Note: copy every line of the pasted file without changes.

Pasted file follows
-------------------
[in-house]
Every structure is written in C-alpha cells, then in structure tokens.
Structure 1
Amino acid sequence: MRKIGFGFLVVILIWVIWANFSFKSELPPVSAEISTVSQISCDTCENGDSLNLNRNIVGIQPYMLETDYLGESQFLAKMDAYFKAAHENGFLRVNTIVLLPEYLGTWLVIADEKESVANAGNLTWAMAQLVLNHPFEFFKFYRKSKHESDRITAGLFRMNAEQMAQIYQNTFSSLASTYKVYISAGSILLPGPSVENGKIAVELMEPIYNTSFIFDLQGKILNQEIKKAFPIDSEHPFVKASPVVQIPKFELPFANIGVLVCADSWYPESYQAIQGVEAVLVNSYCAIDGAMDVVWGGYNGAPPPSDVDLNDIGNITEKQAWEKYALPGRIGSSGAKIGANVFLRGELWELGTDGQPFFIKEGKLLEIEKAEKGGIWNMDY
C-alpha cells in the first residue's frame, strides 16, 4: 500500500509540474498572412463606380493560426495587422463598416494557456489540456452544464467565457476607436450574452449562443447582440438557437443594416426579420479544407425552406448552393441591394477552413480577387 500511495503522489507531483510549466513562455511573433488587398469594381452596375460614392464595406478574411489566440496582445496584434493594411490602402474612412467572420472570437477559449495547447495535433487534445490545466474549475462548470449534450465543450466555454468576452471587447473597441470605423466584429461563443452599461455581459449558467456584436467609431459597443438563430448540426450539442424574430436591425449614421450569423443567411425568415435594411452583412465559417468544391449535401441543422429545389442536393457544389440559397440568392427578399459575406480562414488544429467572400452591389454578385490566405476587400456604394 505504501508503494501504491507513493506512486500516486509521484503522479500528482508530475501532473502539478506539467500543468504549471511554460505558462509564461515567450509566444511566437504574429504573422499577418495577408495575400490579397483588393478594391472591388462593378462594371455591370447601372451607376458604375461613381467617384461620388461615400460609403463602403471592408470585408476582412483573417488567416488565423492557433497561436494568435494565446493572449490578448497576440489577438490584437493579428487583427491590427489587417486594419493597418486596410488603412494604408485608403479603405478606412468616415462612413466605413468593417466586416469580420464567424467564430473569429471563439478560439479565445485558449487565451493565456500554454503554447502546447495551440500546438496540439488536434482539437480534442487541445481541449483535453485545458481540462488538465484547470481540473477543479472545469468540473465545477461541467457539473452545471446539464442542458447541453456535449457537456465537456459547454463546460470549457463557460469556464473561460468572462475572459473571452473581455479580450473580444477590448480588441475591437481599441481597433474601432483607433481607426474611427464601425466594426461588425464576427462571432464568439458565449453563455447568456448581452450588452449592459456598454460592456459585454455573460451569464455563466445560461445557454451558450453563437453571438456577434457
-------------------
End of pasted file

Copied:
[in-house]
Every structure is written in C-alpha cells, then in structure tokens.
Structure 1
Amino acid sequence: MRKIGFGFLVVILIWVIWANFSFKSELPPVSAEISTVSQISCDTCENGDSLNLNRNIVGIQPYMLETDYLGESQFLAKMDAYFKAAHENGFLRVNTIVLLPEYLGTWLVIADEKESVANAGNLTWAMAQLVLNHPFEFFKFYRKSKHESDRITAGLFRMNAEQMAQIYQNTFSSLASTYKVYISAGSILLPGPSVENGKIAVELMEPIYNTSFIFDLQGKILNQEIKKAFPIDSEHPFVKASPVVQIPKFELPFANIGVLVCADSWYPESYQAIQGVEAVLVNSYCAIDGAMDVVWGGYNGAPPPSDVDLNDIGNITEKQAWEKYALPGRIGSSGAKIGANVFLRGELWELGTDGQPFFIKEGKLLEIEKAEKGGIWNMDY
C-alpha cells in the first residue's frame, strides 16, 4: 500500500509540474498572412463606380493560426495587422463598416494557456489540456452544464467565457476607436450574452449562443447582440438557437443594416426579420479544407425552406448552393441591394477552413480577387 500511495503522489507531483510549466513562455511573433488587398469594381452596375460614392464595406478574411489566440496582445496584434493594411490602402474612412467572420472570437477559449495547447495535433487534445490545466474549475462548470449534450465543450466555454468576452471587447473597441470605423466584429461563443452599461455581459449558467456584436467609431459597443438563430448540426450539442424574430436591425449614421450569423443567411425568415435594411452583412465559417468544391449535401441543422429545389442536393457544389440559397440568392427578399459575406480562414488544429467572400452591389454578385490566405476587400456604394 505504501508503494501504491507513493506512486500516486509521484503522479500528482508530475501532473502539478506539467500543468504549471511554460505558462509564461515567450509566444511566437504574429504573422499577418495577408495575400490579397483588393478594391472591388462593378462594371455591370447601372451607376458604375461613381467617384461620388461615400460609403463602403471592408470585408476582412483573417488567416488565423492557433497561436494568435494565446493572449490578448497576440489577438490584437493579428487583427491590427489587417486594419493597418486596410488603412494604408485608403479603405478606412468616415462612413466605413468593417466586416469580420464567424467564430473569429471563439478560439479565445485558449487565451493565456500554454503554447502546447495551440500546438496540439488536434482539437480534442487541445481541449483535453485545458481540462488538465484547470481540473477543479472545469468540473465545477461541467457539473452545471446539464442542458447541453456535449457537456465537456459547454463546460470549457463557460469556464473561460468572462475572459473571452473581455479580450473580444477590448480588441475591437481599441481597433474601432483607433481607426474611427464601425466594426461588425464576427462571432464568439458565449453563455447568456448581452450588452449592459456598454460592456459585454455573460451569464455563466445560461445557454451558450453563437453571438456577434457